This post is sponsored by DisputeBills.com

Whether we want them or not, visits to the hospital or doctor’s are almost inevitable. Be it a broken bone, surgery, or a simple checkup; one time or another in your life, you will have to seek health care.

But what happens when you get that unexpectedly large bill in the mail months later? When faced with a bill that you won’t or can’t pay, the easiest thing to do is ignore it; however, doing that can lead to long lasting consequences.

The first thing you should do is attempt to negotiate the bill with your healthcare or insurance provider. According to Andrew Cohen, medical debt resolution program manager at The Access Project, most don’t view negotiating as a viable option. He says, “People often don’t realize medical bills tend to be eminently negotiable.”

Reasons to negotiate include

Avoiding Medical collections

Once a bill reaches collections, it can be reported by the debt collector to credit bureaus, negatively impacting your credit score and making it harder to get credit from potential lenders. The credit bureau Experian confirmed that as of last year, over 64 million consumers had a medical collection on their credit report.

You can usually win

93%of people who tried negotiating a lower medical bill were successful at least once. Click To Tweet

Greg Voelm, the owner of a health care testing company in Sacramento, California and a 35-year veteran of the healthcare industry, expresses a belief that negotiating can lead to reductions of as much as 80%.

Want to negotiate your medical bills but don’t know how? Here are 4 ways to negotiate lower medical bills:

1. Contact the provider for a discount.
When patients cannot afford their bills and make no attempt to pay, medical institutions often will hire collection agencies to collect unpaid debt. However, in many situations, medical offices will offer a discount to patients willing to pay their bill in a timely fashion. It’s a win-win scenario; you get a lower rate, and they get paid in a timely fashion while avoiding collection agency fees, which often are higher than the discount they offer you.

Some offices will offer a cash payment discount. Credit card companies charge merchants between 2 and 3 percent just to swipe your card, and many offices will pass that discount right on to you, just for asking.

2. Consider a payment plan.
Nearly all medical institutions will offer payment plans with no interest. Depending on the size of the institution, you can extend your payments out from 6 months all the way to several years. The best way to negotiate a plan is to have a realistic understanding of what you can afford prior to making the call. Have a candid conversation with the office about what you realistically can afford and see if they are willing to work with you. Sometimes they will require a larger initial payment, but will take the remaining portion of the bill and spread it out over an agreed upon term.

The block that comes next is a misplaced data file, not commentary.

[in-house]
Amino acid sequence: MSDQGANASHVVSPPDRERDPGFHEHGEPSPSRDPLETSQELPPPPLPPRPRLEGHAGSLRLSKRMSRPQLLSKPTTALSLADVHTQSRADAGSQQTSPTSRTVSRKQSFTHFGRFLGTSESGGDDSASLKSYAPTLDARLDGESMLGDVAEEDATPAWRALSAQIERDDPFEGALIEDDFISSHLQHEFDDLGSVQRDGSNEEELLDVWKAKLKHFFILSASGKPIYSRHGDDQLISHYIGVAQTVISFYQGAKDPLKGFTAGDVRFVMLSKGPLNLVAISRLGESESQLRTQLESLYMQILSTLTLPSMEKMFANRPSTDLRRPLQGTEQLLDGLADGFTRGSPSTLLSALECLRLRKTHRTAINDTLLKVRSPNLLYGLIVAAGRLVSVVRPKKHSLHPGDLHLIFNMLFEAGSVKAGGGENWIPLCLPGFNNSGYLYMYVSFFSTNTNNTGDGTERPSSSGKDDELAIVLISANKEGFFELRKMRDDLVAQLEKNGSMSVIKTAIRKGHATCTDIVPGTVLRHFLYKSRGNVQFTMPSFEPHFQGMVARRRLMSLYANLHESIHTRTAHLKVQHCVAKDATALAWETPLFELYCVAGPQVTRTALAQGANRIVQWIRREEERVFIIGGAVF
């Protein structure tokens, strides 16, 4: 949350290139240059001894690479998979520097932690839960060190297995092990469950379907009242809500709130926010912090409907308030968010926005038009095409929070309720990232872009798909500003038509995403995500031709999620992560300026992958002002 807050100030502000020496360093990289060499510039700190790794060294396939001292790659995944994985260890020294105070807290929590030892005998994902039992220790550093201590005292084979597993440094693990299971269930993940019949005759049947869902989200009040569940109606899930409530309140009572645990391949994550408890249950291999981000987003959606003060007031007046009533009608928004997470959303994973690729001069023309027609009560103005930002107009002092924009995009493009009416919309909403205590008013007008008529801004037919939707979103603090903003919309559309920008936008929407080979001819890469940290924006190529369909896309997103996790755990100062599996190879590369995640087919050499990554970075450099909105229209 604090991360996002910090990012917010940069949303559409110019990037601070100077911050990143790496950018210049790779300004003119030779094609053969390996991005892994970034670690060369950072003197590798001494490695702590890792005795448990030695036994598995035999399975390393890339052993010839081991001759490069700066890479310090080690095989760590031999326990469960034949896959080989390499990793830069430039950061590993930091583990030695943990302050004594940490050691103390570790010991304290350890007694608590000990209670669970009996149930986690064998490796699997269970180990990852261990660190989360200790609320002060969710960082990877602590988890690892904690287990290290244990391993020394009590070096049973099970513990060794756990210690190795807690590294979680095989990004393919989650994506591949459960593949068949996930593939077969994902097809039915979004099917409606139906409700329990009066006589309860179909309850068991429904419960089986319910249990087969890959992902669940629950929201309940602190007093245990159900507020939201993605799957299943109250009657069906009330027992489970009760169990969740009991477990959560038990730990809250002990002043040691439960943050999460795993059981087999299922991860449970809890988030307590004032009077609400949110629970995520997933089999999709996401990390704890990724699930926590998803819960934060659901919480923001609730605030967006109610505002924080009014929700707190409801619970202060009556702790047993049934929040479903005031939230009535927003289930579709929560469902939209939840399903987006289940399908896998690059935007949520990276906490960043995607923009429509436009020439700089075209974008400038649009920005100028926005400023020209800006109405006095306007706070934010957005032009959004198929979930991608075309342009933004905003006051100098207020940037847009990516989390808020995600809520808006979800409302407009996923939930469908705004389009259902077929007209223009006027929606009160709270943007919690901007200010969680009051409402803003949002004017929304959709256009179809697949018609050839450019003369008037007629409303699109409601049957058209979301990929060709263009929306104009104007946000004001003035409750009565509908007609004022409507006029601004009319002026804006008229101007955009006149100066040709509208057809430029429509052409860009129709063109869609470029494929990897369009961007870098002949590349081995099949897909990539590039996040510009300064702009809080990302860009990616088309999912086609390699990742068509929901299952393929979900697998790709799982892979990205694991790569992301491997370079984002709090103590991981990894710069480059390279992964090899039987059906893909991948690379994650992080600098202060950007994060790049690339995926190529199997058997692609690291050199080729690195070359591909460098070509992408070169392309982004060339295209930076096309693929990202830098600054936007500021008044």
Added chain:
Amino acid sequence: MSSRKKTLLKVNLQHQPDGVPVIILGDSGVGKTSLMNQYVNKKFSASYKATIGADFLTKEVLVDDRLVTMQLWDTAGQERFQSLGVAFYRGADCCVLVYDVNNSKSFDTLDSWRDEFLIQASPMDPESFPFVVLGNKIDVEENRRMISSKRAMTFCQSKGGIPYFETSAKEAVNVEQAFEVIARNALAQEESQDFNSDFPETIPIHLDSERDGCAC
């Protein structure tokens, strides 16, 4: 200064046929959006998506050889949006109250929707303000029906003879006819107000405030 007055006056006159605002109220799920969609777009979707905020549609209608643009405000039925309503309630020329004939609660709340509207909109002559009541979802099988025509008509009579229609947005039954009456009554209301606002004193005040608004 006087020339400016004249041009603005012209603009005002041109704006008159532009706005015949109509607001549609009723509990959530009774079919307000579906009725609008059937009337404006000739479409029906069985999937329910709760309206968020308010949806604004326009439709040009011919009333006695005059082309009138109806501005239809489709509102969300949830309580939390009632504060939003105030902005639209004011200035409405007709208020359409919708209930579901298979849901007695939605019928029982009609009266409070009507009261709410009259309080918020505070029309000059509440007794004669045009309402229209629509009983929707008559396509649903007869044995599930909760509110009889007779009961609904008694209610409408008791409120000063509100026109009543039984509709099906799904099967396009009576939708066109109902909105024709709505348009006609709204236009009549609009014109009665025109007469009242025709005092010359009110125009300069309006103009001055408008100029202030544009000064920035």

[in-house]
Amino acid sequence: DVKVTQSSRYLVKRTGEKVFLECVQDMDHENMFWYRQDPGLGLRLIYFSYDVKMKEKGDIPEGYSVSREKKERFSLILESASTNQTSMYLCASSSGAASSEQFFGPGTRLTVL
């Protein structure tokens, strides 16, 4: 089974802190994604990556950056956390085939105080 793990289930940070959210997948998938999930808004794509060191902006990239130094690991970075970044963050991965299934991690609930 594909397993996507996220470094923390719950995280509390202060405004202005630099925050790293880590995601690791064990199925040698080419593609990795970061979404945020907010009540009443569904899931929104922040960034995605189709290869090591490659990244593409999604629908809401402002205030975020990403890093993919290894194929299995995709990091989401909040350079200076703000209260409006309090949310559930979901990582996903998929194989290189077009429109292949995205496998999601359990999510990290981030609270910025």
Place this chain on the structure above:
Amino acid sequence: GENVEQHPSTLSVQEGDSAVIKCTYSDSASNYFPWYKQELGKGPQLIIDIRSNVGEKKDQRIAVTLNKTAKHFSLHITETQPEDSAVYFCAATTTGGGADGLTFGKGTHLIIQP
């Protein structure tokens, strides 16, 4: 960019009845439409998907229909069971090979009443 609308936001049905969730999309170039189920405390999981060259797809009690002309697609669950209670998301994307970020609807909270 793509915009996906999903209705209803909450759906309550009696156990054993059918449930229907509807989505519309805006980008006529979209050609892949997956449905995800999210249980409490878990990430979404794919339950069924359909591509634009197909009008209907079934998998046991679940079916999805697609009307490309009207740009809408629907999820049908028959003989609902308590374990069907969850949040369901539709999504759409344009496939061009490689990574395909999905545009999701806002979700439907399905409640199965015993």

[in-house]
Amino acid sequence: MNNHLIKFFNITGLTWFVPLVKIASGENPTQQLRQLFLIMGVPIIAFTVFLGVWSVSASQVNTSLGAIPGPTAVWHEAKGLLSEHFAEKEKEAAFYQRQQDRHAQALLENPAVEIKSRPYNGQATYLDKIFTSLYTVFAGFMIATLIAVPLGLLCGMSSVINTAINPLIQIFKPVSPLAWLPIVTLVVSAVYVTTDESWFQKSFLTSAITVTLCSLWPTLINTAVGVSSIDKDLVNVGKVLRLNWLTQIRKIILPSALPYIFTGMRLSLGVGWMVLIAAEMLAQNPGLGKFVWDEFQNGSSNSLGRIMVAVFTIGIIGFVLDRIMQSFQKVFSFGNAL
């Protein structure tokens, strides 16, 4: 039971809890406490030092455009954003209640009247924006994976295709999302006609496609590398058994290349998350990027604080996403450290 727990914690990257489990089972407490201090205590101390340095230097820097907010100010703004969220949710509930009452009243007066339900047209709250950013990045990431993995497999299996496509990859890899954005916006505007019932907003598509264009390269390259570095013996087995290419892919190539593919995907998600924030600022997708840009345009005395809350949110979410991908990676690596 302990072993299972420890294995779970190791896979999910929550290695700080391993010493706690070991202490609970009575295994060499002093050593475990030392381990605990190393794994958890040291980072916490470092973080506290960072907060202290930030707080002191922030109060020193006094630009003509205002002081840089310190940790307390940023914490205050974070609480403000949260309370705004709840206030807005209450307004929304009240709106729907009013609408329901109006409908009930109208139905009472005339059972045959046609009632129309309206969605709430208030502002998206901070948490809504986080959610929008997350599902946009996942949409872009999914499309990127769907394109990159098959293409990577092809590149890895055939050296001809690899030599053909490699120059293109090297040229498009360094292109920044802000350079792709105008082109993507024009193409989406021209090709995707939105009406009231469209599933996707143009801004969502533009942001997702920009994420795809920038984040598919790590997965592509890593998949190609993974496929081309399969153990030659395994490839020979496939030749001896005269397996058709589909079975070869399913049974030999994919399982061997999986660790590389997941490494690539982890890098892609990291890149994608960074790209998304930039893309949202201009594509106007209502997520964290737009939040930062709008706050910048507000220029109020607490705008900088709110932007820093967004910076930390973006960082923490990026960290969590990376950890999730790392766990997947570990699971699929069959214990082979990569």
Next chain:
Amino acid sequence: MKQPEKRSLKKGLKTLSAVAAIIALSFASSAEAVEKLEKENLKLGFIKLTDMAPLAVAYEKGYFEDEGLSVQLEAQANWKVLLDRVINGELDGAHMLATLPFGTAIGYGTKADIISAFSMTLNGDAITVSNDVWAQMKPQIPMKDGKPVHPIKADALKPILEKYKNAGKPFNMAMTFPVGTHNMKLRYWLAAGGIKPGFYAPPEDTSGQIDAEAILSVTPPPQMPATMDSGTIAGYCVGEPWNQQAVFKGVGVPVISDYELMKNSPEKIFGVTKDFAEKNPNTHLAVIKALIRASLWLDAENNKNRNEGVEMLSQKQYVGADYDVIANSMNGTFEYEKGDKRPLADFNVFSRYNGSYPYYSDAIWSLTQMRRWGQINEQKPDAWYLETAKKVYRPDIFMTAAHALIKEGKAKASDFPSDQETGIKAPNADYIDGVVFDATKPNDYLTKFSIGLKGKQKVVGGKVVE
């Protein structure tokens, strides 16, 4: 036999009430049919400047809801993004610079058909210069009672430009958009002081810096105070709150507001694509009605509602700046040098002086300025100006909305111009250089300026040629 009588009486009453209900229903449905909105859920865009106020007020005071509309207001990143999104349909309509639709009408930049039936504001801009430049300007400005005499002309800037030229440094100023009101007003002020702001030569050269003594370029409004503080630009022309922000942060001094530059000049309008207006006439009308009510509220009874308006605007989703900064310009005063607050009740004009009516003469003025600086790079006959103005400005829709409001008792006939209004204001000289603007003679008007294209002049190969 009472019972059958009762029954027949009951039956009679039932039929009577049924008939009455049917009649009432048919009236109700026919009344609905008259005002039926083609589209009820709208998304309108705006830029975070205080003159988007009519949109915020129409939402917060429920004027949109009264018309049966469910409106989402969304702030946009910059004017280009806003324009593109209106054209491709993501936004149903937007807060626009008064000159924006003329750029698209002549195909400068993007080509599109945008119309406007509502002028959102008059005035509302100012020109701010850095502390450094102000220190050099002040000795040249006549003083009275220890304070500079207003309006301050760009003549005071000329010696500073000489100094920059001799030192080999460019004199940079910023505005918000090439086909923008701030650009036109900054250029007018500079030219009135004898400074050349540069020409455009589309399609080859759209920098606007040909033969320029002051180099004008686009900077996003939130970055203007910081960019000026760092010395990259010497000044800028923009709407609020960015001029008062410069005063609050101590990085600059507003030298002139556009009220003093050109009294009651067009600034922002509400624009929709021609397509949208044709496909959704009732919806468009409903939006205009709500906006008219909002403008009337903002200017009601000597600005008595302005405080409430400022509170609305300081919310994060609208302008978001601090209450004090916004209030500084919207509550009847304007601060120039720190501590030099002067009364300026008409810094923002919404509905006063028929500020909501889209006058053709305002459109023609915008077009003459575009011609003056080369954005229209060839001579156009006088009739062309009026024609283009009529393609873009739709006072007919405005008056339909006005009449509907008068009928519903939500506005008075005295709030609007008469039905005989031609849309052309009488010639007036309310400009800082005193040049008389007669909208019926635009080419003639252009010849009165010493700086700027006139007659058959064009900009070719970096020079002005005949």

3. Discuss options once your bills have gone to collection.

One of the most common misconceptions about medical debt is that once it’s gone to collections,… Click To Tweet

It’s never too late to consider your options, and working with the collection agency is not your only option. Once you’ve been contacted by a collection agency, don’t be afraid to call the medical institution directly to see if there is a way to get out of the collections claim. Medical institutions will be happy to hear from you and, assuming they are not locked into a contract with the collection agency, often will work with you to give you a steeper discount than the collection agency can offer.

If working with a collection agency seems to be your best option, don’t forget the value of timely responses. Many agencies will offer a discounted rate, but only if you act fast.

4. Work with a medical advocate.
Before medical bills get out of hand, consider consulting with a medical billing advocate. DisputeBills offers no-risk consultations and don’t charge unless you save money. They take a strategic and holistic approach to your medical debt, identifying places where your bills contain errors or where your insurance company could have covered more. Then, they negotiate on your behalf to get you the best payment possible. They can save you up to 75 percent on medical bills and may help avoid bankruptcy. If interested call today and speak to one of their medical billing advocates.

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